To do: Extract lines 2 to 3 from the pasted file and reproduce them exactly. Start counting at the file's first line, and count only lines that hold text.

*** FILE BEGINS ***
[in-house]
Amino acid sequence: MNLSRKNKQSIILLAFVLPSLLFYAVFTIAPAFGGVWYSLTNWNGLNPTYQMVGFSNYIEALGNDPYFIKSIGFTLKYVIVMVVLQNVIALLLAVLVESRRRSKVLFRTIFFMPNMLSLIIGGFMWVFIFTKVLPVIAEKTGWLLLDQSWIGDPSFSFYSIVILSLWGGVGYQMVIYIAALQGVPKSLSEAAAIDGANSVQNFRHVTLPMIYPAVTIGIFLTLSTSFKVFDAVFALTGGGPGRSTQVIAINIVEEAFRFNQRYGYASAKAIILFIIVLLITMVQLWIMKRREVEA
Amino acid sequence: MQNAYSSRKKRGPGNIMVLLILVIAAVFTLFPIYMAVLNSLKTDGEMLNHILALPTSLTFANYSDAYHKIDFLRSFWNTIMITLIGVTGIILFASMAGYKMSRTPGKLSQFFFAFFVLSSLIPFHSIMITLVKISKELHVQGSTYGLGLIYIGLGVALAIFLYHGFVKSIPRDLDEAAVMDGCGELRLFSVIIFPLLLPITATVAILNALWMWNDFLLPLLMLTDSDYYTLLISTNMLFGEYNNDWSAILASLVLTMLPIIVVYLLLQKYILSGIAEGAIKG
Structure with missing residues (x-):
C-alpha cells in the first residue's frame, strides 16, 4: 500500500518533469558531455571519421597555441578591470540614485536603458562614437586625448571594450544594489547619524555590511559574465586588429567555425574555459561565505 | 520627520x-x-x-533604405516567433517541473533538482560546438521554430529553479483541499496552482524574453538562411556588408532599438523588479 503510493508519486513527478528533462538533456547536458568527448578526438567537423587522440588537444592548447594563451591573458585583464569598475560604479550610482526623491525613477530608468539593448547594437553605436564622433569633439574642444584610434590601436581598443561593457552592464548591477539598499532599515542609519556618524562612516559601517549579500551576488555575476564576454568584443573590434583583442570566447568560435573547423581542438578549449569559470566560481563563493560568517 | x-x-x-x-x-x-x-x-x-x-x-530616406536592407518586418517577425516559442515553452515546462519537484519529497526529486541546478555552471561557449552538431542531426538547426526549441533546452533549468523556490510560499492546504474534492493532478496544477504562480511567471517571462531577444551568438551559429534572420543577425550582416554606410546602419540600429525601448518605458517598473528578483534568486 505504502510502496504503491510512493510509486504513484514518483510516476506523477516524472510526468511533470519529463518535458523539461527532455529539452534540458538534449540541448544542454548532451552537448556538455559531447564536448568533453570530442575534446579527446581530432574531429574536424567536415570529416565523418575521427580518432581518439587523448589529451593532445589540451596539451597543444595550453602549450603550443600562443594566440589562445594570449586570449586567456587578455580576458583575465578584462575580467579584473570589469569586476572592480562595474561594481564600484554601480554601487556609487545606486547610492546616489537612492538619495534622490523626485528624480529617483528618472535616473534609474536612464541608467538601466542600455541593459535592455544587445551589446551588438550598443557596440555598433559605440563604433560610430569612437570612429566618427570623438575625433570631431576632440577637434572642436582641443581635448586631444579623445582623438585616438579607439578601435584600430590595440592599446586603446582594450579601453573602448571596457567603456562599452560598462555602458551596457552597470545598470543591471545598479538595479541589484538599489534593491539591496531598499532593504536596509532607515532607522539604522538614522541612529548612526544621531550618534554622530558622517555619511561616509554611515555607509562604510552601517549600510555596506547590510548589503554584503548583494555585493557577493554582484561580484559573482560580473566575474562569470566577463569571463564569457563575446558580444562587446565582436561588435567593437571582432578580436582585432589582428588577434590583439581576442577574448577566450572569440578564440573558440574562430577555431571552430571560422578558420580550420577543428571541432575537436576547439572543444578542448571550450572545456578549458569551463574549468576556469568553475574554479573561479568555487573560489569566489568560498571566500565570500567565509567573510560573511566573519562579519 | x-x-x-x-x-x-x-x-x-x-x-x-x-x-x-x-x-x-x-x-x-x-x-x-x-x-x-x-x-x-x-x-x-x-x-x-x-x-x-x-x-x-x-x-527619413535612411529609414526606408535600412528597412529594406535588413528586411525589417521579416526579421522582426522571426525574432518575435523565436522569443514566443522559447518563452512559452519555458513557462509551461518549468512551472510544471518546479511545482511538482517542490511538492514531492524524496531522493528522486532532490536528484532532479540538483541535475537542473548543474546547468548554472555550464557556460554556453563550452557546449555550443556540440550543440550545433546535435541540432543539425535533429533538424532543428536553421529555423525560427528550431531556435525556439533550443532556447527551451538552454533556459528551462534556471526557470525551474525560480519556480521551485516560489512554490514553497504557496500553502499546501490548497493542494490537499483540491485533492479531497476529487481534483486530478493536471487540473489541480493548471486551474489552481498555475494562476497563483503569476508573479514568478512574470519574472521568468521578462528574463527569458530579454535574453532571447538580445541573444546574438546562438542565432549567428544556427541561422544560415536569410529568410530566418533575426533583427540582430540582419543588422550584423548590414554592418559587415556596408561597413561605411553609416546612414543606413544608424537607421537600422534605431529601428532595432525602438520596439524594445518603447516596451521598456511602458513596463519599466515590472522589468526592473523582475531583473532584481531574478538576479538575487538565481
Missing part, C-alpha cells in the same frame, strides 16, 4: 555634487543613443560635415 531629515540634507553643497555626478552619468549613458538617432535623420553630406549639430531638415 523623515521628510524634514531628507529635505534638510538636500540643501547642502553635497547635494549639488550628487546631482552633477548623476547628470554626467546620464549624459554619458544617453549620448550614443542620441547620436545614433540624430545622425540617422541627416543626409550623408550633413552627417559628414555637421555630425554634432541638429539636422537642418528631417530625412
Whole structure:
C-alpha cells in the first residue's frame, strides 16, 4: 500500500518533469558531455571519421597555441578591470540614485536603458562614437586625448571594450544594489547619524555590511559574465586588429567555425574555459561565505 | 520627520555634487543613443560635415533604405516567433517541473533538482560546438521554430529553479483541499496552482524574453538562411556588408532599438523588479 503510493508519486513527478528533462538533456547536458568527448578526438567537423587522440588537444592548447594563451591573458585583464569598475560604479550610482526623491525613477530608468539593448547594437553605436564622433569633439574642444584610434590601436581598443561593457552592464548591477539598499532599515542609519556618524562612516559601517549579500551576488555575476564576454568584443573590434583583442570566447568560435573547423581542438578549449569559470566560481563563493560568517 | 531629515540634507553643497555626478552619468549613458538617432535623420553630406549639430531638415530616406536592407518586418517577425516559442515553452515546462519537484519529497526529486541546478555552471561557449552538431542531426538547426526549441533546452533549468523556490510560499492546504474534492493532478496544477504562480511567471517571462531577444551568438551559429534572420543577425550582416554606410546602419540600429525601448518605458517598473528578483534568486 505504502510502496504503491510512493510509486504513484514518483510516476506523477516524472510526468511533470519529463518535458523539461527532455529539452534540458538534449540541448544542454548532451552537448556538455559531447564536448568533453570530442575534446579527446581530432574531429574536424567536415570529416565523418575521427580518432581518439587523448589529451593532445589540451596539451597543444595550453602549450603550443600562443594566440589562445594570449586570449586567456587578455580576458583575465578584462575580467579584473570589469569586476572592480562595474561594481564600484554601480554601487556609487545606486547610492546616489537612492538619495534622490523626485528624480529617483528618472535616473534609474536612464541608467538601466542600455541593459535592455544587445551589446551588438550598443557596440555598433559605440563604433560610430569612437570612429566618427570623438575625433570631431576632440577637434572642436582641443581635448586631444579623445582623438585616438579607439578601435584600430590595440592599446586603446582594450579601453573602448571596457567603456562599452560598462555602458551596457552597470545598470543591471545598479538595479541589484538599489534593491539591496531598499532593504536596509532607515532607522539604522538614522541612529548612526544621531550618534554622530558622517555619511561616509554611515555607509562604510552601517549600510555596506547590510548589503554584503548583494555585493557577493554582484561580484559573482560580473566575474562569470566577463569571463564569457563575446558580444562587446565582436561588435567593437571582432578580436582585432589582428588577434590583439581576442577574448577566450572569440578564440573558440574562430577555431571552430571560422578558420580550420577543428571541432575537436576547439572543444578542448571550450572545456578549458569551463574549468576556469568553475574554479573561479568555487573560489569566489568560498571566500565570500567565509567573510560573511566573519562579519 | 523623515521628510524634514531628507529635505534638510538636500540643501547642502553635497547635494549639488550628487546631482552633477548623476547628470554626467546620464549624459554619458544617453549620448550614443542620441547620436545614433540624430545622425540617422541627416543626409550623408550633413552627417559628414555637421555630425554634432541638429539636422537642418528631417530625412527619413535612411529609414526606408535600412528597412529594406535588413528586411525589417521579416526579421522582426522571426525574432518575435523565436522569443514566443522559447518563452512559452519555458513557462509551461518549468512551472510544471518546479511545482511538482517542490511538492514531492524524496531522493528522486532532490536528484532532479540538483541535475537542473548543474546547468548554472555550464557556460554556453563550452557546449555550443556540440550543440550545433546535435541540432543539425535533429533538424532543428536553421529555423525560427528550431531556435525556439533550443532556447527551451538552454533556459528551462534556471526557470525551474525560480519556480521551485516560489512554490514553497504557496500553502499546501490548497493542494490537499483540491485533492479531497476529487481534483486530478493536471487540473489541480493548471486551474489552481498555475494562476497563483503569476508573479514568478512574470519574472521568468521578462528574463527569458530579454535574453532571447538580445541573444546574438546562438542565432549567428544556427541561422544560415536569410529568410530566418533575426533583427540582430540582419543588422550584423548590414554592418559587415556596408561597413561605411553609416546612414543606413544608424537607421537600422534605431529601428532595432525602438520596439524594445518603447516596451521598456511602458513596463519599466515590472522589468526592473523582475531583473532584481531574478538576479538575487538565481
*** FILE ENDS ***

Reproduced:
Amino acid sequence: MNLSRKNKQSIILLAFVLPSLLFYAVFTIAPAFGGVWYSLTNWNGLNPTYQMVGFSNYIEALGNDPYFIKSIGFTLKYVIVMVVLQNVIALLLAVLVESRRRSKVLFRTIFFMPNMLSLIIGGFMWVFIFTKVLPVIAEKTGWLLLDQSWIGDPSFSFYSIVILSLWGGVGYQMVIYIAALQGVPKSLSEAAAIDGANSVQNFRHVTLPMIYPAVTIGIFLTLSTSFKVFDAVFALTGGGPGRSTQVIAINIVEEAFRFNQRYGYASAKAIILFIIVLLITMVQLWIMKRREVEA
Amino acid sequence: MQNAYSSRKKRGPGNIMVLLILVIAAVFTLFPIYMAVLNSLKTDGEMLNHILALPTSLTFANYSDAYHKIDFLRSFWNTIMITLIGVTGIILFASMAGYKMSRTPGKLSQFFFAFFVLSSLIPFHSIMITLVKISKELHVQGSTYGLGLIYIGLGVALAIFLYHGFVKSIPRDLDEAAVMDGCGELRLFSVIIFPLLLPITATVAILNALWMWNDFLLPLLMLTDSDYYTLLISTNMLFGEYNNDWSAILASLVLTMLPIIVVYLLLQKYILSGIAEGAIKG